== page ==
• Thwarted

    Andrew:

    You can be stopped at any time already and asked for identification. I take it you don’t hold a driver’s licence? I fail to recall the number of times that, as a youth, I would be stopped and asked not only for my ID but also to appear at the local copshop within seven days. Only the paranoid dwell on such things.

    Your credit card gives an often lengthy account of where you go and what you like — what brand of cigarette you smoke, and depending on what you use it for, even your sexual preference.

    As for not using a credit card or not using a mobile phone, I’d wager a large amount that you own both and wouldn’t/couldn’t give either of them up. So in that respect your argument is a little anaemic.

    Anyway, what I think you’re saying is that you have an inherent mistrust of the people who will ask for your ID card, rather than the ID card itself. I understand that, but you have to understand that I think you’re paranoid and silly.

    Antoine:

    Less caffeine, more exercise.

  • Thwarted wrote
    Credit cards…
    Mobile phones…

    So your credit card company or bank or mobile phone provider forced you to buy their services and told you if you did not pay £40 and hand over your fingerprints, iris scans and DNA in exchange for your little plastic card and mobile phone they would send the police round and you would be taken off to jail? It’s not the way I personally deal with my credit card provider or my mobile phone provider – I use my credit card when I choose, I do not have to present it at a police station or bank or anything like that within a couple of days if told to do so – I don’t have to use it at all – I was the one who went to the credit card company and applied for it (and they did not charge me for it or ask me to hand over any biometric data other than my signature). Employers do not insist that I present my credit card to prove ‘entitlement’ to work and I can access so-called public buildings without having to present my credit card or mobile phone to ‘officials’. My credit card company do not, to my knowledge, gather data on me about my religious beliefs, my political beliefs etc.

    I carry my mobile phone when it is convenient – usually it isn’t so it stays at home or switched off and there is nothing forcing me to subscribe to services telling me where to turn left for the cinema although location data is being gathered all the time the device is connected to the network. If you want to make it more difficult for your location to be tracked via your mobile phone’s communications it is possible to obtain pay-as-you-go mobile phones for cash – without handing over personal information – although I am led to believe the government is not very happy about this situation.

    Thwarted wrote
    So, ID cards? Been there, doing that.

    Not quite.

    Twarted also believes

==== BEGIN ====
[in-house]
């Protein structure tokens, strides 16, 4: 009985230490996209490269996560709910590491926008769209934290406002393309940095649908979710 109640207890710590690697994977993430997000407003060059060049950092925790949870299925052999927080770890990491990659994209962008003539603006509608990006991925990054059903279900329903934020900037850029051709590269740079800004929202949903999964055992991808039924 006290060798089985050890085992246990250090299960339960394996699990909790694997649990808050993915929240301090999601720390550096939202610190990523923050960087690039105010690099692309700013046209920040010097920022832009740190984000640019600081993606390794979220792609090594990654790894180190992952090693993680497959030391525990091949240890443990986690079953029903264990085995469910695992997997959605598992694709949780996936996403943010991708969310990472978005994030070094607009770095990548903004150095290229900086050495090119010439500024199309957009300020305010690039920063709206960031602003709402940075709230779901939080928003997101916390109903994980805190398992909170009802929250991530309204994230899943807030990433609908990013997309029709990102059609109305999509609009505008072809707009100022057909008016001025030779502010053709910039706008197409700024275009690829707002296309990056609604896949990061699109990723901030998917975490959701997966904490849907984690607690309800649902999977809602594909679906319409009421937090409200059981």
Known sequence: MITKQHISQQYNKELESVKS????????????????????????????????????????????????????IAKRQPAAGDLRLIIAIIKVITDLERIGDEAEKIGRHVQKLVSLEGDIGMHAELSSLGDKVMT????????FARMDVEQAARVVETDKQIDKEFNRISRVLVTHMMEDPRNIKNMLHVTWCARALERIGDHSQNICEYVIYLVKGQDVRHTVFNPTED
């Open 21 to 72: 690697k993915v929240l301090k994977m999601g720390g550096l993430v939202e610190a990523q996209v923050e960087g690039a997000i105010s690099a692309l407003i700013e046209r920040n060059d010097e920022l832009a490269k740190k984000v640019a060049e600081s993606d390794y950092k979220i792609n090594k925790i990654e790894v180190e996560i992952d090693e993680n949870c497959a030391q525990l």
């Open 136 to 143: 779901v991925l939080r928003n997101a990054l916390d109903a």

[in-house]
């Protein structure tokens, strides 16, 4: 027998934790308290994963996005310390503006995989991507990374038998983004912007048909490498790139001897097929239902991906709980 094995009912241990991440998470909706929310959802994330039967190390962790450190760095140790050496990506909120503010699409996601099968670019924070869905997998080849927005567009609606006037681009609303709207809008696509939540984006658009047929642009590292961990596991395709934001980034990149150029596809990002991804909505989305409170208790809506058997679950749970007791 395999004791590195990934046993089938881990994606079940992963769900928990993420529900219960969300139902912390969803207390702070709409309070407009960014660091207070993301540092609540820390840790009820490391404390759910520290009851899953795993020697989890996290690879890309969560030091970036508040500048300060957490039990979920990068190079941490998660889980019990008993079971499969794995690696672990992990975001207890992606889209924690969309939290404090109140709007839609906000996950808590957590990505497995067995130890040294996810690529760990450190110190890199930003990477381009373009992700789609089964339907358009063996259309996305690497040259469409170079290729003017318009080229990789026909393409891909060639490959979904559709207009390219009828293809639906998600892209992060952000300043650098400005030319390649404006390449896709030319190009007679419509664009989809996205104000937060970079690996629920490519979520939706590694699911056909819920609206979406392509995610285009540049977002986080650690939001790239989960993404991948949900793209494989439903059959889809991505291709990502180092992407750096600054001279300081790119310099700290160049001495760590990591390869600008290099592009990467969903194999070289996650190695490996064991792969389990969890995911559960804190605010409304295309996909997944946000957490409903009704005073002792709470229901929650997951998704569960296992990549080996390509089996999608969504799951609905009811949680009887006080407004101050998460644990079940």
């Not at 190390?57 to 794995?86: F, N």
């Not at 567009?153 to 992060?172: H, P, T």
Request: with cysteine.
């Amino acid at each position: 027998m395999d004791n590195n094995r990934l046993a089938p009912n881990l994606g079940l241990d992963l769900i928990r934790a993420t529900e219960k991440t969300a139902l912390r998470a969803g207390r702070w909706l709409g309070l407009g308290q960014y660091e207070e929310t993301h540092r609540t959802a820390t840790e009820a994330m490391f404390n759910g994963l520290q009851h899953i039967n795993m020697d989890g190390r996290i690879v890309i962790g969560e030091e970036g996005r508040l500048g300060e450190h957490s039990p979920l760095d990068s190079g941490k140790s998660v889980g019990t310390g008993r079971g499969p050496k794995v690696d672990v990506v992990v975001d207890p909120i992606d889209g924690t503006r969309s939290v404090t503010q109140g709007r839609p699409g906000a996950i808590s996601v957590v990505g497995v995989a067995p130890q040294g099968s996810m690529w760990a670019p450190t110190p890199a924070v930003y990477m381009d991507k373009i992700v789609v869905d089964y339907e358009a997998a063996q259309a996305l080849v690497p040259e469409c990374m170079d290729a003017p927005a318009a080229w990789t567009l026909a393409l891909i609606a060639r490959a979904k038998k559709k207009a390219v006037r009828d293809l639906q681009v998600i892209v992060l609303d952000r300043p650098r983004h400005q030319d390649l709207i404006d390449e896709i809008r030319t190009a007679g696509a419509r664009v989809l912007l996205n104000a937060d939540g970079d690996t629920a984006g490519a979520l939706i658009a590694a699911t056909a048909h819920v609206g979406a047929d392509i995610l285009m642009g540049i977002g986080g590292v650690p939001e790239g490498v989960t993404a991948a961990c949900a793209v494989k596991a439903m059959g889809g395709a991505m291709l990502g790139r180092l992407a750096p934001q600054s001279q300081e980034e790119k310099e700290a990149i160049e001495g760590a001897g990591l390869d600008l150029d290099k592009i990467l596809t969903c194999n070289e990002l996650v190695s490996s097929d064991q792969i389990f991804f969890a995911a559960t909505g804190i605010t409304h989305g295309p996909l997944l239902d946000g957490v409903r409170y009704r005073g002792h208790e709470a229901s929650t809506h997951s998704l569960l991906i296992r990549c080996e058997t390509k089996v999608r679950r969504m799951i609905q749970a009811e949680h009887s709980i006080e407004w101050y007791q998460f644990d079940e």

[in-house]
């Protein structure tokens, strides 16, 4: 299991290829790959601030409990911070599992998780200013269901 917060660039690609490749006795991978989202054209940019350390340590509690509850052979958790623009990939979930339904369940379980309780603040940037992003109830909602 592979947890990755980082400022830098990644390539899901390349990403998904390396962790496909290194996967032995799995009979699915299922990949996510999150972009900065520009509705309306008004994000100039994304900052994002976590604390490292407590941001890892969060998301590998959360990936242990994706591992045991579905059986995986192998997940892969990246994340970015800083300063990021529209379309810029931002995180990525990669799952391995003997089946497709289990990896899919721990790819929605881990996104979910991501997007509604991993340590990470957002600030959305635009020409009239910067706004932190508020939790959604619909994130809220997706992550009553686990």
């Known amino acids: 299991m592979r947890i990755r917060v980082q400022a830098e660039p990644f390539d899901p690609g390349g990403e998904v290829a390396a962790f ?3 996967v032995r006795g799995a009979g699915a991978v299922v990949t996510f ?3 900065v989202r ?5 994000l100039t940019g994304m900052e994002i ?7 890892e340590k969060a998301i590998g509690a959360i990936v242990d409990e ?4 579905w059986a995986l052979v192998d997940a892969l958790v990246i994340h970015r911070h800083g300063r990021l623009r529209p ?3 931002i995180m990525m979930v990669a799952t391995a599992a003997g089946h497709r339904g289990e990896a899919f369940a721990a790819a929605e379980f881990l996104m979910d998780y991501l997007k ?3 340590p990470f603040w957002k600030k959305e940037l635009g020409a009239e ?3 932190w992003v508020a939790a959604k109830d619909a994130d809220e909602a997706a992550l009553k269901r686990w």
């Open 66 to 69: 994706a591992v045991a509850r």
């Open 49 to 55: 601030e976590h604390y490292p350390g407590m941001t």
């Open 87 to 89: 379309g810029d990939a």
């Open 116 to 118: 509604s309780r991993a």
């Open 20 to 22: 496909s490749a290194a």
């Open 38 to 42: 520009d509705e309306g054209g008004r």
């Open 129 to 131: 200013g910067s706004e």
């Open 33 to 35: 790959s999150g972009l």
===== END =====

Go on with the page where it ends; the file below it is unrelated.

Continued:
You can be stopped at any time already and asked for identification. I take it you don’t hold a driver’s licence? I fail to recall the number of times that, as a youth, I would be stopped and asked not only for my ID but also to appear at the local copshop within seven days. Only the paranoid dwell on such things.

    That’s not true. A police officer cannot stop me and ask me to produce my driver’s licence documentation, although if stopped when driving a car I could be asked to produce that documentation along with things like insurance details at a local police station within 14 days. I take it every time a police officer stopped you in your car and told you to attend a police station within a certain number of days you had committed a criminal offence or were highly suspect to have committed some kind of driving-related offence? (Afterall, we can trust the police to get the right people – ID cards just make it easier? The police don’t make mistakes so they need sweeping new powers and access to databases of personal information – we can rely on them?)

    Thwarted wrote
    As for not using a credit card or not using a mobile phone, I’d wager a large amount that you own both and wouldn’t/couldn’t give either of them up. So in that respect your argument is a little anaemic.

    I’d estimate that 80 percent of the time I do not carry my mobile phone on my person – maybe I’m just not important enough to be receiving calls all the time, who knows? I use my credit card when it is convenient for me to do so and I am prepared to have my buying logged. I do not need to use my credit card on the highstreet but it is a useful tool when making purchases via the Internet.

    Thwarted wrote
    Anyway, what I think you’re saying is that you have an inherent mistrust of the people who will ask for your ID card, rather than the ID card itself. I understand that, but you have to understand that I think you’re paranoid and silly.

    If you’re so confident about your personal security and, in the words of David Blunkett, you have ‘nothing to hide, nothing to fear’, why don’t you reveal your real full name and e-mail address on your posts? How about your home address? Date of birth? Why not publish your DNA data, iris scan information and fingerprints scans on the Internet to aid the police in catching criminals and fighting terrorism? What do you have to hide? Don’t worry – no one will misuse this information, it’s just so we can identify you.